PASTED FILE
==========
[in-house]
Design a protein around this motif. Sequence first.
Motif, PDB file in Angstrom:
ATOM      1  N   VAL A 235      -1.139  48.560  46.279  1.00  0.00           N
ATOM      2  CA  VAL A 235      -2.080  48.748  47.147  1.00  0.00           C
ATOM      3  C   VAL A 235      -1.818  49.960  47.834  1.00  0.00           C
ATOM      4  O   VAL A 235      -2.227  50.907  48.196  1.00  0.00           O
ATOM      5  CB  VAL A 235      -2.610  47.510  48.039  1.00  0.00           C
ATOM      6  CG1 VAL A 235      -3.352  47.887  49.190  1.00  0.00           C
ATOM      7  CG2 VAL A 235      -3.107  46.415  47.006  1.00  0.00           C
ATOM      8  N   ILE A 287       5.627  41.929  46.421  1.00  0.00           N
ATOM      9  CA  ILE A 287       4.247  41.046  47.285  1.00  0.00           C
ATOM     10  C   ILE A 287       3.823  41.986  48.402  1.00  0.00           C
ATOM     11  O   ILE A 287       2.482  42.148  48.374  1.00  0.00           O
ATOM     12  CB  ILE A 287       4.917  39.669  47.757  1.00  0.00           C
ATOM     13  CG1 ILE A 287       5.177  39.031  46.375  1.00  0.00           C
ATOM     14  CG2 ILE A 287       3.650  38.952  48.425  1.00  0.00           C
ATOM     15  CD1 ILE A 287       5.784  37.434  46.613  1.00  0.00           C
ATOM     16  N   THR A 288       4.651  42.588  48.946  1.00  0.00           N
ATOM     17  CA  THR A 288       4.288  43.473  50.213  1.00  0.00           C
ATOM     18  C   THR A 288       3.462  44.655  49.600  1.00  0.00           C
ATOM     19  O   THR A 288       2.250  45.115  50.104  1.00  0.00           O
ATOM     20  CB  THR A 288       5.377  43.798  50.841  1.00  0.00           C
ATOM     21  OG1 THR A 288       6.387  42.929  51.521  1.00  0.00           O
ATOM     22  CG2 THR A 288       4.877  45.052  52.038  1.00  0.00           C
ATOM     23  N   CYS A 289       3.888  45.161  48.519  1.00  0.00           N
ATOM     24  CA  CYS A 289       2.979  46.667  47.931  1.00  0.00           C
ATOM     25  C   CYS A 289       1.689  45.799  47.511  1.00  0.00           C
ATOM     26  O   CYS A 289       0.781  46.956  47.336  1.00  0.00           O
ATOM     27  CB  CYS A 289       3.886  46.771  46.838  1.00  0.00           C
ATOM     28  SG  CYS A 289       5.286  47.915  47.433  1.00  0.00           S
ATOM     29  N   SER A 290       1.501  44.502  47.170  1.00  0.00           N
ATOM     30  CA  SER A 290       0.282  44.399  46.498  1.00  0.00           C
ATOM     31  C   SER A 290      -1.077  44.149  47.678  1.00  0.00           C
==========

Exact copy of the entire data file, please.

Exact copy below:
[in-house]
Design a protein around this motif. Sequence first.
Motif, PDB file in Angstrom:
ATOM      1  N   VAL A 235      -1.139  48.560  46.279  1.00  0.00           N
ATOM      2  CA  VAL A 235      -2.080  48.748  47.147  1.00  0.00           C
ATOM      3  C   VAL A 235      -1.818  49.960  47.834  1.00  0.00           C
ATOM      4  O   VAL A 235      -2.227  50.907  48.196  1.00  0.00           O
ATOM      5  CB  VAL A 235      -2.610  47.510  48.039  1.00  0.00           C
ATOM      6  CG1 VAL A 235      -3.352  47.887  49.190  1.00  0.00           C
ATOM      7  CG2 VAL A 235      -3.107  46.415  47.006  1.00  0.00           C
ATOM      8  N   ILE A 287       5.627  41.929  46.421  1.00  0.00           N
ATOM      9  CA  ILE A 287       4.247  41.046  47.285  1.00  0.00           C
ATOM     10  C   ILE A 287       3.823  41.986  48.402  1.00  0.00           C
ATOM     11  O   ILE A 287       2.482  42.148  48.374  1.00  0.00           O
ATOM     12  CB  ILE A 287       4.917  39.669  47.757  1.00  0.00           C
ATOM     13  CG1 ILE A 287       5.177  39.031  46.375  1.00  0.00           C
ATOM     14  CG2 ILE A 287       3.650  38.952  48.425  1.00  0.00           C
ATOM     15  CD1 ILE A 287       5.784  37.434  46.613  1.00  0.00           C
ATOM     16  N   THR A 288       4.651  42.588  48.946  1.00  0.00           N
ATOM     17  CA  THR A 288       4.288  43.473  50.213  1.00  0.00           C
ATOM     18  C   THR A 288       3.462  44.655  49.600  1.00  0.00           C
ATOM     19  O   THR A 288       2.250  45.115  50.104  1.00  0.00           O
ATOM     20  CB  THR A 288       5.377  43.798  50.841  1.00  0.00           C
ATOM     21  OG1 THR A 288       6.387  42.929  51.521  1.00  0.00           O
ATOM     22  CG2 THR A 288       4.877  45.052  52.038  1.00  0.00           C
ATOM     23  N   CYS A 289       3.888  45.161  48.519  1.00  0.00           N
ATOM     24  CA  CYS A 289       2.979  46.667  47.931  1.00  0.00           C
ATOM     25  C   CYS A 289       1.689  45.799  47.511  1.00  0.00           C
ATOM     26  O   CYS A 289       0.781  46.956  47.336  1.00  0.00           O
ATOM     27  CB  CYS A 289       3.886  46.771  46.838  1.00  0.00           C
ATOM     28  SG  CYS A 289       5.286  47.915  47.433  1.00  0.00           S
ATOM     29  N   SER A 290       1.501  44.502  47.170  1.00  0.00           N
ATOM     30  CA  SER A 290       0.282  44.399  46.498  1.00  0.00           C
ATOM     31  C   SER A 290      -1.077  44.149  47.678  1.00  0.00           C